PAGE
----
Wish You Were Flying First or Business Class, But Have an Economy Class Budget? – Part I

Everyone wants to sit in the front of the plane, because it means bigger and better: bigger seats, bigger personal bubble, better food and beverages, better service, and overall, a better experience. What happens in first or business class after they close the curtain? Actually, the effect of the price difference takes place before that, at check in. For larger planes, there are separate check-in lines for first, business and economy class passengers. Some airlines combine first and business class. Passengers in the premium seats check in faster at some airports, and get to check more luggage pieces (which get priority status, and are available first at baggage claim), go through security quicker, and then get to relax in a lounge providing reading material, refreshments, television, and wi-fi,  in a calm atmosphere with comfortable seating. Some lounges even offer luxury amenities, i.e. showers, massages or a fitness center.

Of course, you board the plane first, and your service begins immediately, unlike economy class which has to wait until the plane is in flight for any attention. Once you are seated in your wide, leather recliner (sleeper seat on some international flights), a flight attendant will great you, often by name, and offer you a drink, a snack and reading material. You are given a menu, and must place your order either before take-off, or once you’re at cruising altitude.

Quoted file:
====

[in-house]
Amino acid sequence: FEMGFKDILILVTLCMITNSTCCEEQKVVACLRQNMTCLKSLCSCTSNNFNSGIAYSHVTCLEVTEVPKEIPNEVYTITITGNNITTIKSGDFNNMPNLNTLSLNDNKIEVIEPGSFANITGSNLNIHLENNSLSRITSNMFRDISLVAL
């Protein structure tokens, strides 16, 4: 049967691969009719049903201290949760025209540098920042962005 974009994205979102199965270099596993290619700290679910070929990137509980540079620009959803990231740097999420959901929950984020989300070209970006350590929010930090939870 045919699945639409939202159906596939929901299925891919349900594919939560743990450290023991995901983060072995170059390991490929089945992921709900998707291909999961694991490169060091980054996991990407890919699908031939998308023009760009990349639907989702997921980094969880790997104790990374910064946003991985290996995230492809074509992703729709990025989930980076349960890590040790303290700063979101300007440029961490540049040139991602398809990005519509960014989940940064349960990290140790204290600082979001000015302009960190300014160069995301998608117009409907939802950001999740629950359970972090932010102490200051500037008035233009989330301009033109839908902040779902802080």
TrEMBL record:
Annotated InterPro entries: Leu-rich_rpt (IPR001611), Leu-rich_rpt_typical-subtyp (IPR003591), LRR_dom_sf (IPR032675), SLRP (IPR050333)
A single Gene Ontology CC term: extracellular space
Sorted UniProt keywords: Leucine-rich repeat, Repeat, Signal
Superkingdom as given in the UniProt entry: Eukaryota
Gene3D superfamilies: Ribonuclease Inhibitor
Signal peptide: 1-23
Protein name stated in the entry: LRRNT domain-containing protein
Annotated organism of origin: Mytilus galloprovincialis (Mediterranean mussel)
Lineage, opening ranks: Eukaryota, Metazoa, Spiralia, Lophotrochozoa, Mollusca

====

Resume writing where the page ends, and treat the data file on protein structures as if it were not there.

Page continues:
Once in flight, meals are served sooner than those in the “cattle section”. Depending on the airline, you could dine with silverware, china, crystal, and receive salt & pepper shakers, as opposed to the packets you get in the back of the plane. The service is closer to fine dining vs. fast food in tourist. A tossed salad is served from a bowl, steak can be ordered medium rare, and you have more choices than the generic “chicken or beef”. You feel like royalty, and you could be paying 3- 15 times the price of a restricted economy class ticket for first or business class.

The amenities don’t end there. There is better entertainment provided, sometimes offering Bose noise cancellation headphones for your use, larger individual LCD screens to view video on demand (up to 100 movies & TV shows), a power outlet for laptop use, individual lighting, international luxury passengers could have privacy cubicles around their seat, and the list goes on. Is this lavishness worth it? For a select few, absolutely yes! Especially, on longer flights. So, what do you do when you have champagne tastes on a beer budget? Part II will answer that question.

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